Age-related changes in skeletal muscle composition: A pilot nuclear magnetic resonance spectroscopy study in mice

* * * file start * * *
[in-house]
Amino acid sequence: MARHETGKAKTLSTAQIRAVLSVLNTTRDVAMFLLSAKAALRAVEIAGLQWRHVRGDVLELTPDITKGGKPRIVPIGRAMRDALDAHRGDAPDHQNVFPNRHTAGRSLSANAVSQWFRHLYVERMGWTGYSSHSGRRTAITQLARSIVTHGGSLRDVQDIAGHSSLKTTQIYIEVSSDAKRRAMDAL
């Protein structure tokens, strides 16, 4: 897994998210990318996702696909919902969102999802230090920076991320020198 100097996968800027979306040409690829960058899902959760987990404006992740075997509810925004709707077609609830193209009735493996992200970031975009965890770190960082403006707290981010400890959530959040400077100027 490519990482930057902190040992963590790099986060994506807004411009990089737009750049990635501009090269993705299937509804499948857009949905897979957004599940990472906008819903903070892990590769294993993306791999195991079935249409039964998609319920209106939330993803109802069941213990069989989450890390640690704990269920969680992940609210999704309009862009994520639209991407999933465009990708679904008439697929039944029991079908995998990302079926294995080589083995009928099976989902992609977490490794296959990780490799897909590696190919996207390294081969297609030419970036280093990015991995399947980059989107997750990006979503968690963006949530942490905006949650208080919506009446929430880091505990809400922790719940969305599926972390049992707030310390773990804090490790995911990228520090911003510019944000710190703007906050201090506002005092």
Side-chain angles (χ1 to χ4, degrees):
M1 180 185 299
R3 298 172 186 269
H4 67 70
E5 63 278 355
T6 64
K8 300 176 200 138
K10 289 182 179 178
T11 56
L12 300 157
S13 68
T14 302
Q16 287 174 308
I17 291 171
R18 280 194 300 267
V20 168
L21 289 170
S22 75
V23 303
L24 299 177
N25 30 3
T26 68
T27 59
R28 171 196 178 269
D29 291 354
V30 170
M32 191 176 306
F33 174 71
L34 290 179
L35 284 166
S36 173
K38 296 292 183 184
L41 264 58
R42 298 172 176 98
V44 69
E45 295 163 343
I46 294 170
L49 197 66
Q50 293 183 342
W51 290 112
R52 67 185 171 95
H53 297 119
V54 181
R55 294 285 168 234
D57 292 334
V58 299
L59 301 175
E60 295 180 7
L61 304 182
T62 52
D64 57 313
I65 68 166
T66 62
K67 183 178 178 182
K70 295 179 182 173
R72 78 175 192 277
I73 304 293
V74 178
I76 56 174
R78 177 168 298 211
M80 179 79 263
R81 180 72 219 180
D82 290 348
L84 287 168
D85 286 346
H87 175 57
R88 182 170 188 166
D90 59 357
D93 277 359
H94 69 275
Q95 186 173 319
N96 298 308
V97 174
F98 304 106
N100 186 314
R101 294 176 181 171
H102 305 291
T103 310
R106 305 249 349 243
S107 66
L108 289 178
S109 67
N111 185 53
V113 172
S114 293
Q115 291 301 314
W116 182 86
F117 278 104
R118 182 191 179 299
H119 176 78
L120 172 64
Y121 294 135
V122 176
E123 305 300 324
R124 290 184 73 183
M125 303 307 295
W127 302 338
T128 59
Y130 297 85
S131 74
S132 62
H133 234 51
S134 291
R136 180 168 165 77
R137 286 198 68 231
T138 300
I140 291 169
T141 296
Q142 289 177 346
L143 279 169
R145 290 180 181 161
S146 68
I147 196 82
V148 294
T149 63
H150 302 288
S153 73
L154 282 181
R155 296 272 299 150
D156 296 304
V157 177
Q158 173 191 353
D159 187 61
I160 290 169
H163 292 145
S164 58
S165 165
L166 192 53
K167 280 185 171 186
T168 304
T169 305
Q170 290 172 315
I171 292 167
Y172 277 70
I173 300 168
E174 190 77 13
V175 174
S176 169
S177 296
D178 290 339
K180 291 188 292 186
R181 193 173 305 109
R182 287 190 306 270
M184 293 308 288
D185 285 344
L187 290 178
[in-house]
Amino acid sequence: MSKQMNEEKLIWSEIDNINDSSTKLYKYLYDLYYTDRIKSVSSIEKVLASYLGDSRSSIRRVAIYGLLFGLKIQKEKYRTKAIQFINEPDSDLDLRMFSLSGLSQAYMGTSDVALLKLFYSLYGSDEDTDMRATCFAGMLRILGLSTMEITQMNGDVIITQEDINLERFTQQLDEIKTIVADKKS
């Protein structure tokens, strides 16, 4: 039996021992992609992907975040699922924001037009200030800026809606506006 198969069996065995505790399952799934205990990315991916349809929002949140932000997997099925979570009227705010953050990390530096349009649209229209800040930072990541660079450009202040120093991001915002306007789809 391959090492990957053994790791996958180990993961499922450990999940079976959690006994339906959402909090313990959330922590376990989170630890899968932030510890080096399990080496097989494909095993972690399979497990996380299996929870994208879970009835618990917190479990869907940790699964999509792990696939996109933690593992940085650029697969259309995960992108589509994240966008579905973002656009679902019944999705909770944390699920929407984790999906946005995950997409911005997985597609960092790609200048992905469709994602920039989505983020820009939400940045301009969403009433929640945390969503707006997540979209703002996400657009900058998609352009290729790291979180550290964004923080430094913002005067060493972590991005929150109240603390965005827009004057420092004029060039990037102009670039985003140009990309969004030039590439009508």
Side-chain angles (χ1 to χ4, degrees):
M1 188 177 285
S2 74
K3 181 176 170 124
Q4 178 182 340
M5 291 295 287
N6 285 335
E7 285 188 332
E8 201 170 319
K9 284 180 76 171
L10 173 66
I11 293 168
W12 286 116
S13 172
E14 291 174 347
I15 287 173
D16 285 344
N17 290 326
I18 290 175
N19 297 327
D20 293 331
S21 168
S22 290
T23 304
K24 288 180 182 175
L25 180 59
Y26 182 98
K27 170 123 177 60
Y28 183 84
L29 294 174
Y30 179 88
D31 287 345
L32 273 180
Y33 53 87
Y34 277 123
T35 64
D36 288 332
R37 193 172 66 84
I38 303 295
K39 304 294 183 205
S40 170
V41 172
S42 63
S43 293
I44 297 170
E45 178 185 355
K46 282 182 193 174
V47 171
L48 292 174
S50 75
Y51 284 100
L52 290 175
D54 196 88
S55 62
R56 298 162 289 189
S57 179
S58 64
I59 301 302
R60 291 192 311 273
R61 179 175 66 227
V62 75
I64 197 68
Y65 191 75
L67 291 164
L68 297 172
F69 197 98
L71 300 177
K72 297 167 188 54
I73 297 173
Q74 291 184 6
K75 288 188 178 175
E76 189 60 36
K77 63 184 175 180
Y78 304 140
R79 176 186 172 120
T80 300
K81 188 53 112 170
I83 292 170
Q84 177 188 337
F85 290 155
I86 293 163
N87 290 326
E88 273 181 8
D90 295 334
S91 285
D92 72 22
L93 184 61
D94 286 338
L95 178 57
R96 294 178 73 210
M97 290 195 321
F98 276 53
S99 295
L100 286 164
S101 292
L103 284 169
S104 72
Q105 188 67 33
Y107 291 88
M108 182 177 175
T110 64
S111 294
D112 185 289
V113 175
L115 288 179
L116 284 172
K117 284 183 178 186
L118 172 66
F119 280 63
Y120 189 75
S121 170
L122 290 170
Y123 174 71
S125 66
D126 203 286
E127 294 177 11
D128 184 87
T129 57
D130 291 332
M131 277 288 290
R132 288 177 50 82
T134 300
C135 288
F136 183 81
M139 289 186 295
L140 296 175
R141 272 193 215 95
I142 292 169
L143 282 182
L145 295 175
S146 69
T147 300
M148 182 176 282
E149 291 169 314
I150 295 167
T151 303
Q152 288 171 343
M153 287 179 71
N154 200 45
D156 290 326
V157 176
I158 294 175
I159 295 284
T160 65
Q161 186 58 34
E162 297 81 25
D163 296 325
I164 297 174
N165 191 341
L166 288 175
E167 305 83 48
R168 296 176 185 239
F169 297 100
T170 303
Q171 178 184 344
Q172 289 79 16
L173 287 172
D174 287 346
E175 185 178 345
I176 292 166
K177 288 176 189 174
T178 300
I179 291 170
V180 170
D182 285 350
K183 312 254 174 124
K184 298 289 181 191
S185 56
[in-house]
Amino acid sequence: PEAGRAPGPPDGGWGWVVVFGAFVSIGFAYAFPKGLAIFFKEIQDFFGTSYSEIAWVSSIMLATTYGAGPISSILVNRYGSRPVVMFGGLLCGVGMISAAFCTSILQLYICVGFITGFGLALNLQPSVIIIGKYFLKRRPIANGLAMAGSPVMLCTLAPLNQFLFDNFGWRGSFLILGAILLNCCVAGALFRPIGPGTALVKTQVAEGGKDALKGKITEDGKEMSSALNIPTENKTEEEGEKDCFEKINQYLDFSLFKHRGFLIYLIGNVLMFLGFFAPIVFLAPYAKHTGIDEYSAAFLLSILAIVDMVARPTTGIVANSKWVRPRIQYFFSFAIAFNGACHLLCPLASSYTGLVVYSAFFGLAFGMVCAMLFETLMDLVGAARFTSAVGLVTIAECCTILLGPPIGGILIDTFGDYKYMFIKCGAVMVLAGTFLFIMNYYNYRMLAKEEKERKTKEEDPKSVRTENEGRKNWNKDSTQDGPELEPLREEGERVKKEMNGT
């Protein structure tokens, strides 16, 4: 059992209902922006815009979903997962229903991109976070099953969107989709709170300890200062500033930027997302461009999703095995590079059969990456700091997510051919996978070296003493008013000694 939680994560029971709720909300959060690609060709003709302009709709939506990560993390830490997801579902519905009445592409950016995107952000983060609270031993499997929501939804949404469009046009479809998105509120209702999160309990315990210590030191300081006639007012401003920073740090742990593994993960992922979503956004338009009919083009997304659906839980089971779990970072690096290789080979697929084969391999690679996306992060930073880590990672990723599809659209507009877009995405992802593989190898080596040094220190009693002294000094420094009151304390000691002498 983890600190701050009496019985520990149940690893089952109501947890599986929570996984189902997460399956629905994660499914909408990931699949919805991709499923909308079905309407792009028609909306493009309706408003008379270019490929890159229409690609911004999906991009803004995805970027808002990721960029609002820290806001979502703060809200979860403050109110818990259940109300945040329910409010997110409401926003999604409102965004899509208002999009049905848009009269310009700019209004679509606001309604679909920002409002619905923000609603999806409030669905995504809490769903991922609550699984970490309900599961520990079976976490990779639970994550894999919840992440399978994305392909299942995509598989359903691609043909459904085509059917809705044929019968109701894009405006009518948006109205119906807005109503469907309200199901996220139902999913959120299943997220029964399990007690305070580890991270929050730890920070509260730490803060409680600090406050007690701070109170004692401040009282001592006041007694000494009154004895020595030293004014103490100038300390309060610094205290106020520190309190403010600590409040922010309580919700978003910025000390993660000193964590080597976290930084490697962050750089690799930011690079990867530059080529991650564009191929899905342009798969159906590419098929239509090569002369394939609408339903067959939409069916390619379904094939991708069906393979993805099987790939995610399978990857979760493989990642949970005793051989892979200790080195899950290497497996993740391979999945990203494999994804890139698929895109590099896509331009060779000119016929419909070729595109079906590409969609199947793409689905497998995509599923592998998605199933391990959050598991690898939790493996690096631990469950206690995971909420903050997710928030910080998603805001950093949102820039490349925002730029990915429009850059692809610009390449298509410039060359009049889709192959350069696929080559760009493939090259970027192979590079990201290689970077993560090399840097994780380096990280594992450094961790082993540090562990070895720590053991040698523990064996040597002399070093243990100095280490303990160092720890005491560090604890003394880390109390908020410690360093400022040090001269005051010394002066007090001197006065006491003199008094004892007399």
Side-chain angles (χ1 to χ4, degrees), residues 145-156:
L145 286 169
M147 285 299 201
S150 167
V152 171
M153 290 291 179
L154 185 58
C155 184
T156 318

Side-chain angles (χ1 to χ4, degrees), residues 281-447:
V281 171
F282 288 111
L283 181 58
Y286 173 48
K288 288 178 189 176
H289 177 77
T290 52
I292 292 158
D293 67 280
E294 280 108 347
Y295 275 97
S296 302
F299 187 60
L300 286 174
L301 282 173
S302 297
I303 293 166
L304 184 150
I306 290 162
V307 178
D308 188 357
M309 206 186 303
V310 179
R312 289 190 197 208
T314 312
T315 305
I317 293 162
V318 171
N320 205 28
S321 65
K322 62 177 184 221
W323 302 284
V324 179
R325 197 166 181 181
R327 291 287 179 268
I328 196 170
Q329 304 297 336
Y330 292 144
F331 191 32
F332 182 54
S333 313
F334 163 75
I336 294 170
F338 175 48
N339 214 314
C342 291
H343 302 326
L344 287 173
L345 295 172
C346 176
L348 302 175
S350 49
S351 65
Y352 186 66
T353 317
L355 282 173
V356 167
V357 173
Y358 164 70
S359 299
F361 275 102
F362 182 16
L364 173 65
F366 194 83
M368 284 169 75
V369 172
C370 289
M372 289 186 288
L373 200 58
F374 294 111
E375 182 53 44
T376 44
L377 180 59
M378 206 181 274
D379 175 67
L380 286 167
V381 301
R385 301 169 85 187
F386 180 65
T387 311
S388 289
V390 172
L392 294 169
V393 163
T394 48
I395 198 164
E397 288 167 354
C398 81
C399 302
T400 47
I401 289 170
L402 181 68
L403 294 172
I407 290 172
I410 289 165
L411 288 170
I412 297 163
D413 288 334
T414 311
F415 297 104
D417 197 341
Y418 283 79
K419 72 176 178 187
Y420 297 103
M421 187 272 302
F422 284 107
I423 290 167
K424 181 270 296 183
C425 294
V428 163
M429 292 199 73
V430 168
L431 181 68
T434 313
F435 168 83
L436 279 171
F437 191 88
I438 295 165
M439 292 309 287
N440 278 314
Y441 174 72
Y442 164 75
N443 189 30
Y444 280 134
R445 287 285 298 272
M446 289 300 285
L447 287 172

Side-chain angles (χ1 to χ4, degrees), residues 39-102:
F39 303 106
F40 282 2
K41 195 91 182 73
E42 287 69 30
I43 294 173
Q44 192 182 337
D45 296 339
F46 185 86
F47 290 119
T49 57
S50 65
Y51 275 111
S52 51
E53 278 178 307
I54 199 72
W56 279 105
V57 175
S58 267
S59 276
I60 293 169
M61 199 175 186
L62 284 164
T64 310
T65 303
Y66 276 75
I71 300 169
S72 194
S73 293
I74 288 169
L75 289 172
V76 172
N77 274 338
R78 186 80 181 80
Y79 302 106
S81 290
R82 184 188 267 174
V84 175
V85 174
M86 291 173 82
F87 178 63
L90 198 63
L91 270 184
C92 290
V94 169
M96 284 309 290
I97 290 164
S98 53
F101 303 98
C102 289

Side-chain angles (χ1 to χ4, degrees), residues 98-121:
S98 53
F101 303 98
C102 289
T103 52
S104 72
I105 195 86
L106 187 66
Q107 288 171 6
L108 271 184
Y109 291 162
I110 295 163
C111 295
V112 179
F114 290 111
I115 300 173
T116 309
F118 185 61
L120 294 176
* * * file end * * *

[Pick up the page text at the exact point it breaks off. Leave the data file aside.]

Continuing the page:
The composition of skeletal muscle was investigated in the quadriceps and gastrocnemius muscle of 13-month-old (n = 15) and 23-month-old (n = 19) mice by means of high-resolution nuclear magnetic resonance (NMR) spectroscopy. Muscle specimens were dissected out, frozen in liquid nitrogen and extracted in chloroform/methanol, and proton NMR spectra of the resulting aqueous and organic fractions were obtained at 600 MHz. Several metabolites were unambiguously identified and quantified. Multivariate ANOVA (factor: age, muscle, age × muscle) showed a significant main effect of age (P = 0.031) on the amount of muscle metabolites, suggesting that the aging process affects the composition of skeletal muscle. Univariate tests showed significant differences for lactate, acetate, taurine, and uridine in 13- and 23-month-old mice. A trend for the effect of muscle (quadriceps vs. gastrocnemius; P = 0.128) was also found. No significant muscle x age interaction was present. When the same data were used in principal component analysis, the first two principal components separated muscles (quadriceps and gastrocnemius) and ages (13- and 23-month-old), explaining 66.7% of total variance. The results of this pilot study show that high-resolution NMR spectroscopy is able to detect age-associated changes in skeletal muscle metabolites, thereby paving the way to future detailed metabolomics investigation in sarcopenia of aging.